July 27, 2016
Growing up along the border of Mexico has never been easy . . .

Many border towns are poverty-stricken. I was one of the youngest in a family of six, and it was hard for us to meet basic needs. My family moved from house to house; in one of those moves we ended up eight miles away from the nearest middle school. There was no school transportation. This caused me to drop out of the last two months of middle school. 

Ricardo and Janeth Brambila and their children

In summer time, mission groups from the United States would come down to our little Baptist church in Mexico, donating bicycles for children to ride to school. I was not a believer but loved to go to VBS because the people were very nice and they would bring snacks--especially animal crackers and milk.
I was selected to receive a bicycle, which was an answer to prayer and the starting point of God showing his love for me. The bicycle was a gift from heaven that allowed me to go back to school and continue with my education. Out of this experience, I share that it is Christ, church, and education that can break the cycle of poverty.

I have been the Senior Pastor at First Baptist Church San Isidro, TX, for 14 years, and am the Family Hope Center Director for Buckner International in Peņitas. I hold a Master's in Divinity from Liberty University. I've been married for thirteen years to Janeth, and we have three children, Laura, Eli, and Caleb. My redemption story started with a bicycle. 

Lester's note: I met Ricardo in Starr County on the last day of his employment with Avance in 2010. He and others from that organization helped facilitate a family reading fair at Primera Iglesia in Rio Grande City, along with volunteers from First Baptist Church in Tyler. The next day, Ricardo began his work with Buckner. In that role, as well, he has continued to support the Books for the Border and Beyond family reading fairs of Literacy Connexus. And he and his wife Janeth have provided access to books for children participating in summer meals at FBC San Isidro.

And to think, it all started with a gift of a bicycle . . .
Next week . . .

Be sure to stop by our Literacy Connexus display and give us a chance to (book)worm our way into your heart.

We'll be putting on some great workshops, too!
Upcoming Trainings . . .

Aug. 19-20
Aug. 19-20
Marble Falls
Aug. 26-27
San Antonio
Aug. 26-27
Cross Cultural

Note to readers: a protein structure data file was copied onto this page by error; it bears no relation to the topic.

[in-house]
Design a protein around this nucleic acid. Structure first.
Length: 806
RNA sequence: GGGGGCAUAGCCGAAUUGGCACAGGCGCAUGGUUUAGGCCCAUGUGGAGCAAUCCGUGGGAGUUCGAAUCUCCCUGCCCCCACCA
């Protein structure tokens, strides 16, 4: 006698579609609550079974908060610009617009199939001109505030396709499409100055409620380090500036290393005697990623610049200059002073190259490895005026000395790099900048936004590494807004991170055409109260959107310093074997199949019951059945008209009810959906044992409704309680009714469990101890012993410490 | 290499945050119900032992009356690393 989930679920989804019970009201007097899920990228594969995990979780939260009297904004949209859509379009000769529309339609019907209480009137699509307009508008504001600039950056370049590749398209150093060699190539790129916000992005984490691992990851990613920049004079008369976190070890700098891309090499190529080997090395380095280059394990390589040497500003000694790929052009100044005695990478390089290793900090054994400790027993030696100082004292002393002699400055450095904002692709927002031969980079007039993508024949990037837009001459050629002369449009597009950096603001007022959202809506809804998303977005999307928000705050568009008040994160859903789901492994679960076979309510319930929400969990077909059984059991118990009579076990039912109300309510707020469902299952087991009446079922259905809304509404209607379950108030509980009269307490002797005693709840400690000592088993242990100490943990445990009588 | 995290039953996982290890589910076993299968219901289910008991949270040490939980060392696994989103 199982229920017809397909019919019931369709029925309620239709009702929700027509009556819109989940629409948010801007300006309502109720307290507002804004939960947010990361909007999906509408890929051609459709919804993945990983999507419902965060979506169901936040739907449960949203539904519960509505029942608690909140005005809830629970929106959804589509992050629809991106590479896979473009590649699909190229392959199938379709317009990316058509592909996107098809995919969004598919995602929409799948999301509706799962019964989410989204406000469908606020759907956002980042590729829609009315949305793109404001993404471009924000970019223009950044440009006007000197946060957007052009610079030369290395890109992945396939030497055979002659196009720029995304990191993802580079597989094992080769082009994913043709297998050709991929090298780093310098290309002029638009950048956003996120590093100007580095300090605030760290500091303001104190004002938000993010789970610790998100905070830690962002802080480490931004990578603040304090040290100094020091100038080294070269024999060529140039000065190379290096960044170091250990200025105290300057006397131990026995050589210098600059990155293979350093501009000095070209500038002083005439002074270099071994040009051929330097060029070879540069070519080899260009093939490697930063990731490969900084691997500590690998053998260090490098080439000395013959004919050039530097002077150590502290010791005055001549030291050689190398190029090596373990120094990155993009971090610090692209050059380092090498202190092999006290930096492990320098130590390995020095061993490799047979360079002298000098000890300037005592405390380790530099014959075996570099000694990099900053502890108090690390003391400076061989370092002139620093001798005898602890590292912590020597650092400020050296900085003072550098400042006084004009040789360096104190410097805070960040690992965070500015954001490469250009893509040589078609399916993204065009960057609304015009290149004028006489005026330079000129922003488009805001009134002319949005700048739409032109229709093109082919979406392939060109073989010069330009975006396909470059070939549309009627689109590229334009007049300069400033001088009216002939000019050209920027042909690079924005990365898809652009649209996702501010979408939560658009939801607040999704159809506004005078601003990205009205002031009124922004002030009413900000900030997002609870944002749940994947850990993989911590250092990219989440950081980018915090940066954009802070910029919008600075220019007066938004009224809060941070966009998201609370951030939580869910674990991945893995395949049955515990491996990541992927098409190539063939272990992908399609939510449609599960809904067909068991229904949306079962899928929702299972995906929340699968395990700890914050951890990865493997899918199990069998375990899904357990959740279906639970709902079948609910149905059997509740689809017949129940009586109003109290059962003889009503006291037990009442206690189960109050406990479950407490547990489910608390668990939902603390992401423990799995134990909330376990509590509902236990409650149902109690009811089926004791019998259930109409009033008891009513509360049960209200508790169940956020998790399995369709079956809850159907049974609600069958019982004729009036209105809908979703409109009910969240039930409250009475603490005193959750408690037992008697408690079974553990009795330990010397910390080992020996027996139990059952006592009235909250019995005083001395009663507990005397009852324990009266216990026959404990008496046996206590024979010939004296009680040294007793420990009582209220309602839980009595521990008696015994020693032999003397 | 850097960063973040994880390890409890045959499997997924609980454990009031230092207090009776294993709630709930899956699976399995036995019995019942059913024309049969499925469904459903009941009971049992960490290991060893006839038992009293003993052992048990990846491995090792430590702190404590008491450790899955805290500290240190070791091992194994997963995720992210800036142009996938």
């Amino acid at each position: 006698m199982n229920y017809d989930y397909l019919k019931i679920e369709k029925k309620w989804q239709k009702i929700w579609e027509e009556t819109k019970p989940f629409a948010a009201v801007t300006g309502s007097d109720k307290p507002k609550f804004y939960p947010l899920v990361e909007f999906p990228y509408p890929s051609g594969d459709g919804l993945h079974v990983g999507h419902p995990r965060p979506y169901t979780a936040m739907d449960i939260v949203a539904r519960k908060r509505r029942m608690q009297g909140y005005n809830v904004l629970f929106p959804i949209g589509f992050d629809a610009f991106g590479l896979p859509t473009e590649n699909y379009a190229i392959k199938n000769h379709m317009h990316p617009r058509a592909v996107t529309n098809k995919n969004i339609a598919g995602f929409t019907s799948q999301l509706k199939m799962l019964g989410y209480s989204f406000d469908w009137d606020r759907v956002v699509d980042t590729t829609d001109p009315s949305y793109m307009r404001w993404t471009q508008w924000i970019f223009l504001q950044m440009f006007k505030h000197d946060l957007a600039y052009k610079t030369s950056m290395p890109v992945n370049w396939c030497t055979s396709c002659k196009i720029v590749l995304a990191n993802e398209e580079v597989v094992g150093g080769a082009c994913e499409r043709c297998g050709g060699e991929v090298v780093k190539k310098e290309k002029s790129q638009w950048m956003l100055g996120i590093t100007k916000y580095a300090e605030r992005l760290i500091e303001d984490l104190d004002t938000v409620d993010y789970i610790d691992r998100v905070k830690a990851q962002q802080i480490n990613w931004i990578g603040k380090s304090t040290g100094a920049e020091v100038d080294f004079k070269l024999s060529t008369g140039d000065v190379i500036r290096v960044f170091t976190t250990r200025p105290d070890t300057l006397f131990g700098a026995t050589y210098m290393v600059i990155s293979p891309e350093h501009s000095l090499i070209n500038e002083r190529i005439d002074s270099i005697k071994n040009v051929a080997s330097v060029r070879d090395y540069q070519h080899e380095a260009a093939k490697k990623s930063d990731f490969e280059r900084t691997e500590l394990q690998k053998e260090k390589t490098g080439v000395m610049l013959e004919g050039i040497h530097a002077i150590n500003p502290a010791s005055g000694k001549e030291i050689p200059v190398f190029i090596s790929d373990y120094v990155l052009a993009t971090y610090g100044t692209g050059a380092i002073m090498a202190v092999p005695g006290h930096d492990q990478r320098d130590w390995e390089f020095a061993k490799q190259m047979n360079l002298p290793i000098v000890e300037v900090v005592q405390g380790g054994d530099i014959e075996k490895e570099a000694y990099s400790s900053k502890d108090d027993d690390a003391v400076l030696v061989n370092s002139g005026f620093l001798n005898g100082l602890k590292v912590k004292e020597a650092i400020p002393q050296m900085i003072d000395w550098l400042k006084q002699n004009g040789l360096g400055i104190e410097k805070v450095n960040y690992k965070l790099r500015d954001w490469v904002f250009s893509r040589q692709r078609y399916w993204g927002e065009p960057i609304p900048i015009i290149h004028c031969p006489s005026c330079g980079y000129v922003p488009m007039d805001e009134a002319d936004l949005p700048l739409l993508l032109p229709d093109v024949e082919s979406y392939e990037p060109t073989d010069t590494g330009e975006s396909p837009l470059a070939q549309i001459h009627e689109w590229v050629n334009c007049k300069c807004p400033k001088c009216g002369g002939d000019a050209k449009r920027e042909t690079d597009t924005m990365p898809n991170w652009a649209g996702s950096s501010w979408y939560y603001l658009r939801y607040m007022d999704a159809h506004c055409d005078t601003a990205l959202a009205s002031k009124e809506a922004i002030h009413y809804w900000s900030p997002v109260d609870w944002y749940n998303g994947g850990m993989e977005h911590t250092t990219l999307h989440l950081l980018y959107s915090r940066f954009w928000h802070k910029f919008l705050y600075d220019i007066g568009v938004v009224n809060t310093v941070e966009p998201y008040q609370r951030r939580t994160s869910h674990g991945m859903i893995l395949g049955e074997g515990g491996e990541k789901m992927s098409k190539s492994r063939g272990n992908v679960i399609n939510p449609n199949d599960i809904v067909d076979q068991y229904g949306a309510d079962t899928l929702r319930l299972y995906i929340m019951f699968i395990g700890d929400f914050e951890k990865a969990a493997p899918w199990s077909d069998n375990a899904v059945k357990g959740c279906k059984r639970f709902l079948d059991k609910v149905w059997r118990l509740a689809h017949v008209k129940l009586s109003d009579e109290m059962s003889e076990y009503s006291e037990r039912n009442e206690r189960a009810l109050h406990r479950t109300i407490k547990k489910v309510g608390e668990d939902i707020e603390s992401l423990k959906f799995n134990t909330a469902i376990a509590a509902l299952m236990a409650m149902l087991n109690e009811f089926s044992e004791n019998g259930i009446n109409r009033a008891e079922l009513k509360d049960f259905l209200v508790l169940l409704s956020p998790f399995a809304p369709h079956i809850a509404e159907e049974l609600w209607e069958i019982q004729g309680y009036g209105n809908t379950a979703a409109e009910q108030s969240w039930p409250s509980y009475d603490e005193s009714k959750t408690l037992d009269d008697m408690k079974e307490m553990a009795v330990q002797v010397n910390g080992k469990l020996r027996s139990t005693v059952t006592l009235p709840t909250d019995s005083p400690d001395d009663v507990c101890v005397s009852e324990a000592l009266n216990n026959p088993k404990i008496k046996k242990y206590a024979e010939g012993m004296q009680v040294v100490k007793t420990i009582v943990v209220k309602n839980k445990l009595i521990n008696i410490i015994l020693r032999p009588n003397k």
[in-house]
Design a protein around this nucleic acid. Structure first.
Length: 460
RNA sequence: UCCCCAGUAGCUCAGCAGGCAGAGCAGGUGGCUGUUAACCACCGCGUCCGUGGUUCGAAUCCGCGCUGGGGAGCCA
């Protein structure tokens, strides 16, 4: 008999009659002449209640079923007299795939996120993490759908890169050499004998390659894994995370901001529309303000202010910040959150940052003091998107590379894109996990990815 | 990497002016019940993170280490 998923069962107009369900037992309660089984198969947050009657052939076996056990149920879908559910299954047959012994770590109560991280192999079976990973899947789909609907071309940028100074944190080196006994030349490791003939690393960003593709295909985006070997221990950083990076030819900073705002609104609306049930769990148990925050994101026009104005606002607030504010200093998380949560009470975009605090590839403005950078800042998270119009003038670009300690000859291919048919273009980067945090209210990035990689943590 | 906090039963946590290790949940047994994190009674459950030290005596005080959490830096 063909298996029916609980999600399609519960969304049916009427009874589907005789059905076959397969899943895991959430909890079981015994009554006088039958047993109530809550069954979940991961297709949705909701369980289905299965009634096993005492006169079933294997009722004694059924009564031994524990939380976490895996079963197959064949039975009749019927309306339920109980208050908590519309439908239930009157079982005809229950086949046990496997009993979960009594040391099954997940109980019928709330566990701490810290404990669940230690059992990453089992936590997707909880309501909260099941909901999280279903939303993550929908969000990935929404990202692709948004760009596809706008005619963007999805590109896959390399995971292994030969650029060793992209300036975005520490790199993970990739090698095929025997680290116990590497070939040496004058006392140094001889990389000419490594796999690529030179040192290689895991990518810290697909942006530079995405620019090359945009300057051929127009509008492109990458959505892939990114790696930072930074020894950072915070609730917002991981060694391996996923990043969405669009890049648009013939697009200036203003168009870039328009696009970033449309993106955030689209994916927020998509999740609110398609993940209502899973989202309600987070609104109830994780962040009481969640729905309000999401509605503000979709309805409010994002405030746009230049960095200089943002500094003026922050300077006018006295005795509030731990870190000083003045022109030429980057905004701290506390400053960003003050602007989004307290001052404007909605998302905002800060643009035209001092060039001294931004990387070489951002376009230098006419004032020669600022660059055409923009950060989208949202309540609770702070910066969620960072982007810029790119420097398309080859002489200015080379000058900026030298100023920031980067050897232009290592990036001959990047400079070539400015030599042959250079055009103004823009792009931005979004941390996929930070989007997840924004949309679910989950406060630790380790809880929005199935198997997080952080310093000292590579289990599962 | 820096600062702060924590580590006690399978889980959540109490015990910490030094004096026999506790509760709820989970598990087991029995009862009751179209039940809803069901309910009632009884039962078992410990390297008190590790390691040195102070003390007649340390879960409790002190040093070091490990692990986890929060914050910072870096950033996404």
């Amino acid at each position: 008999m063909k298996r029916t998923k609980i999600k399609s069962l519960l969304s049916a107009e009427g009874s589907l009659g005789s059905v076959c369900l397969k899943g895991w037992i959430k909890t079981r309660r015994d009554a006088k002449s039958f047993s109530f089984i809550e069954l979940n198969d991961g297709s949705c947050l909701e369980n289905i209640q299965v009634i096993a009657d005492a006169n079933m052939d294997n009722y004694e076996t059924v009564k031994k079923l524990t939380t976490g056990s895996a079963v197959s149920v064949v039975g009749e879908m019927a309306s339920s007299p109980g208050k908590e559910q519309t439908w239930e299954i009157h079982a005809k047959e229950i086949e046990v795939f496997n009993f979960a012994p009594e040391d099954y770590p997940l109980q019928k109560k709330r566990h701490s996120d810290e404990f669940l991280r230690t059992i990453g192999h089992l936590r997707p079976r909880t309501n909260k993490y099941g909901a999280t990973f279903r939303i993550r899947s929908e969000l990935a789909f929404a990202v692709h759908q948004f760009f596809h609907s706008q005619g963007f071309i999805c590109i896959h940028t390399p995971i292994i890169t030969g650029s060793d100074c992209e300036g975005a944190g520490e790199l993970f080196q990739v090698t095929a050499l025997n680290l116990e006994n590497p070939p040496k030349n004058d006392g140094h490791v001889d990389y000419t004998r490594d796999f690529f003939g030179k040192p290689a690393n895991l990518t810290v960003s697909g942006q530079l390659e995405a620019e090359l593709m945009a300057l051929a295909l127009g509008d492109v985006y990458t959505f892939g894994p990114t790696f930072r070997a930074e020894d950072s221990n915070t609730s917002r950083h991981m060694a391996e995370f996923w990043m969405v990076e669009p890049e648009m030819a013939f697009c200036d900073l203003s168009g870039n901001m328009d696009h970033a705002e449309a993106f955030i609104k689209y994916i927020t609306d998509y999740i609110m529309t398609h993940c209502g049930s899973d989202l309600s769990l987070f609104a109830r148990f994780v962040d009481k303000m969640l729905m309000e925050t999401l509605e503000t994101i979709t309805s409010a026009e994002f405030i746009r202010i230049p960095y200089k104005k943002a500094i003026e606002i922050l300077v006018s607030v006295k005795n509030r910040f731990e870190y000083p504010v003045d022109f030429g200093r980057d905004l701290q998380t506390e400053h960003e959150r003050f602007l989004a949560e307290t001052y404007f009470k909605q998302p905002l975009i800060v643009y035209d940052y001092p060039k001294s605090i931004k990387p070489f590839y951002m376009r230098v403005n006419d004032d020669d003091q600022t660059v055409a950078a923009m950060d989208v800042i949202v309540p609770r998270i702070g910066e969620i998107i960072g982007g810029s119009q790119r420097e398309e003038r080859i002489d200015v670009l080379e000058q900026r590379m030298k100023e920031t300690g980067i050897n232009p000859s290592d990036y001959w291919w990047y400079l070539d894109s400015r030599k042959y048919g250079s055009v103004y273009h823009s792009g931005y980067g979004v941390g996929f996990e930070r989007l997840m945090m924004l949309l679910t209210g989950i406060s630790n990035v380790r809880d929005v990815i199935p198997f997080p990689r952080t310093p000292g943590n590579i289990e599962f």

Sept. 9
San Antonio
Sept. 10
San Antonio
Teaching Higher
Sept. 10
San Antonio
Sept. 16-17
Cedar Park
Sept. 16-17
The Woodlands
Sept. 23-24
El Paso
Sept. 23-24
English 4 Everyone . . .

Tomorrow the Tarrant Literacy Coalition is hosting a full day of training for teachers and volunteers who work with English Language Learners. What a great opportunity! 
National Literacy Missions
Partnership . . .

Aug. 11-12
Lester Meriwether, Executive Director 
Offices at Henderson Hall - Agape Baptist Church
3954 Southwest Blvd., Fort Worth, TX  76116
Mailing/shipping address:
3020 S. Cherry Lane, #123168
Fort Worth, TX  76121
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Pam Moore, Editor     
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Trivia Challenge
1. During the whaling era of Nantucket, the term coof referred to a:

a) non-native Nantucketer

b) white whalebone whistle

c) lily-livered landlubber

d) salty sea-creature slumgullion

2. Jicho la ndege means bird's eye in Swahili. For a human head to be comparable to a bird's in eye-to-head size ratio, the human's eyes  would have to be the size of:

a) golf balls

b) billiard balls

c) tennis balls

d) baseballs

Afrikaans is the language of South Africa, derived from Dutch. It is often found at the top of which list:

a) Easiest languages to learn for English speakers

b) Most difficult languages to learn for English speakers

c) World's most clicky languages

d) World's most vowel-heavy languages

Problem accessing  the answers? Reply to this email and we'll shoot them your way.  
These instructional links may help: